Educational texts are necessarily selective, in subject matter, language, and point of view. Where teaching is conducted by private schools, there will be a considerable variation in different schools; the parents must judge what they want their children taught, by the curriculum offered. Then each must strive for objective truth…. Nowhere will there be any inducement to teach the "supremacy of the state" as a compulsory philosophy. But every politically controlled educational system will inculcate the doctrine of state supremacy sooner or later, whether as the divine right of kings, or the "will of the people" in "democracy." Once that doctrine has been accepted, it becomes an almost superhuman task to break the stranglehold of the political power over the life of the citizen. It has had his body, property, and mind in its clutches from infancy. An octopus would sooner release its prey.

    A tax-supported, compulsory educational system is the complete model of the totalitarian state
    This isn't only about the state being less efficient than the private sector. We've seen from dou.. I mean palmface that in a society where the citizens are subject to massive theft the thieves actually can establish an institution that performs better. But this comes at a price, that price is the liberty of the citizens. Parents and students lose the right to choose what they would like to study, if they would like to home school, and have no say in the content of the material. It's all controlled by the state. And his argument falls flat, public schools are not always superior, the performance of public schools in America prove this.

    I am claiming that a system based of private enterprise would out perform the state.

    You are claiming that a state funded school system is always better than one provided by the private sector. You cite the nation of Finland, one that cannot be compared to America for obvious reasons.

    Another thing, has it ever crossed your pathetic mind that Americans don't do well in school because our culture has conflicting messages? Why study when we worship singers, actors, and musicians like gods. And, Finland population is below 6 million. I hope you recognize the differences between enacting policy towards education in a nation with 6 million people and 307 million people.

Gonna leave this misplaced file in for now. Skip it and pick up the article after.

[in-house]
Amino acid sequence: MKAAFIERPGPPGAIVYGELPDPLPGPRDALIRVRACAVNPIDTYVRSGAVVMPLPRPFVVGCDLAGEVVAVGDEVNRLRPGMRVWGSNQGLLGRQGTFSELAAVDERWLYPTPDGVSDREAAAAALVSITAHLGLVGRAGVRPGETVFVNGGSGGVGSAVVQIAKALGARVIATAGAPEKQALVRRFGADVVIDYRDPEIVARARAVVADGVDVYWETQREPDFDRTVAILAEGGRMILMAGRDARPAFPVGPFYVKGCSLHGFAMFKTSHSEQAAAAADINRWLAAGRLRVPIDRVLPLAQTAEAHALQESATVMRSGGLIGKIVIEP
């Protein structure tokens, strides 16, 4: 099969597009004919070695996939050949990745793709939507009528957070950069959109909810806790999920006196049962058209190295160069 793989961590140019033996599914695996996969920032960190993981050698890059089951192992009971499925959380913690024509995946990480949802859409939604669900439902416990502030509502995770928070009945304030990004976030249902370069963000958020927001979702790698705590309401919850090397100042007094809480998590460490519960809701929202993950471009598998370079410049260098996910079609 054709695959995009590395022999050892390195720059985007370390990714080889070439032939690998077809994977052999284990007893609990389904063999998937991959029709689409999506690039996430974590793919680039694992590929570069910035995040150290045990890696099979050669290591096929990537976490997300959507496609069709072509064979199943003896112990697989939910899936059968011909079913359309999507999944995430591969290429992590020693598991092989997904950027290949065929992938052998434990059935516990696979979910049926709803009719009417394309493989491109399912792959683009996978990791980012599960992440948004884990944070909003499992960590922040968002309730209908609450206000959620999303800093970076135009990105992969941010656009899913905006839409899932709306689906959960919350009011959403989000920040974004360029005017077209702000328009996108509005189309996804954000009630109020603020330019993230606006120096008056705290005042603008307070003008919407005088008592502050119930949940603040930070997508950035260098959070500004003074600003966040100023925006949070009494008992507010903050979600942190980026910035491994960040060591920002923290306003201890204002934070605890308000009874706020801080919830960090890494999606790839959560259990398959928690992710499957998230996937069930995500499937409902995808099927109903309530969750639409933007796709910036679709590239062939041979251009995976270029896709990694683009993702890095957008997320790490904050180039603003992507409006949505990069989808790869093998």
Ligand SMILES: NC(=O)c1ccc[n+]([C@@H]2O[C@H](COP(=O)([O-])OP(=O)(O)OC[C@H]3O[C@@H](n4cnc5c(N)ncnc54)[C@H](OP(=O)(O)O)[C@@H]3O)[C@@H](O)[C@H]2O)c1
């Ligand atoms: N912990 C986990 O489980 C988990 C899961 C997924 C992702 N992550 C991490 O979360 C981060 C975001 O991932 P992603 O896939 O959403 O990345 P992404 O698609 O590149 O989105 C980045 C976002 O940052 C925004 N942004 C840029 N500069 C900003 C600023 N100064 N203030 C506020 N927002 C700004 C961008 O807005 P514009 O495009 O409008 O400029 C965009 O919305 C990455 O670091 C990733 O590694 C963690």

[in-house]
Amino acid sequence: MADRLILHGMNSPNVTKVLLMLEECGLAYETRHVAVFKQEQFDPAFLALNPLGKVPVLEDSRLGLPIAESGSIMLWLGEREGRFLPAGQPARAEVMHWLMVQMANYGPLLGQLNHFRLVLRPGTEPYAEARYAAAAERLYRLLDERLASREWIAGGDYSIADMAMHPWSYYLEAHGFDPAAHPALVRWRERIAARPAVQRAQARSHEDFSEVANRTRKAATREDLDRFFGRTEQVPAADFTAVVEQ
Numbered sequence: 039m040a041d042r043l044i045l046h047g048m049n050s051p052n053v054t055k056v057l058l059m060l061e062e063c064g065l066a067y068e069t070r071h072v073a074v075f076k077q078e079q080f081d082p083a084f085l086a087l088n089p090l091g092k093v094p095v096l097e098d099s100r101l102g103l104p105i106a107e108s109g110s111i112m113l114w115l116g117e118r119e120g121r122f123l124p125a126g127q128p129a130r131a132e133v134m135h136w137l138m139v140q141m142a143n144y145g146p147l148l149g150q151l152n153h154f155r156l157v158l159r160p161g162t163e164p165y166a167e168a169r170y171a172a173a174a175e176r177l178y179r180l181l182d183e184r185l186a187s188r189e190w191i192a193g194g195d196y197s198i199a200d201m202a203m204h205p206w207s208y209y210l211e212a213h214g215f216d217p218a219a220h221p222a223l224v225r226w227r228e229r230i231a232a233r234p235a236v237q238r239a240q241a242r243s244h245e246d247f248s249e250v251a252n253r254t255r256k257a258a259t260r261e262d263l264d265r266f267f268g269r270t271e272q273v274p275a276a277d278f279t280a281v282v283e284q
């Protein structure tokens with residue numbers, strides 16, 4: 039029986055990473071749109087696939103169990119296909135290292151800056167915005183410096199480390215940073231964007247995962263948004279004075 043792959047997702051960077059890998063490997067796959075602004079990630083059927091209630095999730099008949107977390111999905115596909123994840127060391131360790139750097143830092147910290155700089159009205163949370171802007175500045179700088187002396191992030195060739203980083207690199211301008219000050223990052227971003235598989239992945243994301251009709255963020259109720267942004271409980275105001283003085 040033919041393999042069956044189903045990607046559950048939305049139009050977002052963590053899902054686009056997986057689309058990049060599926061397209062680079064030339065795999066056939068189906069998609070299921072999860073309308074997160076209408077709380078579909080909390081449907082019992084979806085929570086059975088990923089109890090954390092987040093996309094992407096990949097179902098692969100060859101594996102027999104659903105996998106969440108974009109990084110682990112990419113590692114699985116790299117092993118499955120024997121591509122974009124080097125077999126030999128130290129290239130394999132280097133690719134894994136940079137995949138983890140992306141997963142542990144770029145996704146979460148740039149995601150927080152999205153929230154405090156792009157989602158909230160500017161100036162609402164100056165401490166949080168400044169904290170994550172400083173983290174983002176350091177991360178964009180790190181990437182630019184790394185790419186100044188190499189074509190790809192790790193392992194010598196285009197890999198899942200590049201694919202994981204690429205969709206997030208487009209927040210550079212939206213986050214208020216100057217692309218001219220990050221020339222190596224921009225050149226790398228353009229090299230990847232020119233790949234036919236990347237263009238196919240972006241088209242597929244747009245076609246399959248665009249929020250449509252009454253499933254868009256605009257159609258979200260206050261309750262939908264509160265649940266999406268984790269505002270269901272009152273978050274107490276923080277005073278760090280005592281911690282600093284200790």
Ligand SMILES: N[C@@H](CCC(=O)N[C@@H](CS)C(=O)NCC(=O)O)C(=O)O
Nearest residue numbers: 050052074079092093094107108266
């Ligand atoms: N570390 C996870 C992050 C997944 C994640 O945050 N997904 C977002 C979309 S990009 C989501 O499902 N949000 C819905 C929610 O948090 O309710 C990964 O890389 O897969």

I would go on, but I need to write about what the US should do about Swine Flu.

    protip: Think about the statistics of a nation before comparing them, you dolt.
    Why does no one remember this? Why isn't this taught in the schools?

  19. #44
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    Originally Posted by PlasmaSnake101
    Who makes the decision for the child? The parents or the State?



    Do parent's have any say in what their children learn.


    This isn't only about the state being less efficient than the private sector. We've seen from dou.. I mean palmface that in a society where the citizens are subject to massive theft the thieves actually can establish an institution that performs better. But this comes at a price, that price is the liberty of the citizens. Parents and students lose the right to choose what they would like to study, if they would like to home school, and have no say in the content of the material. It's all controlled by the state. And his argument falls flat, public schools are not always superior, the performance of public schools in America prove this.

    I am claiming that a system based of private enterprise would out perform the state.

    You are claiming that a state funded school system is always better than one provided by the private sector. You cite the nation of Finland, one that cannot be compared to America for obvious reasons.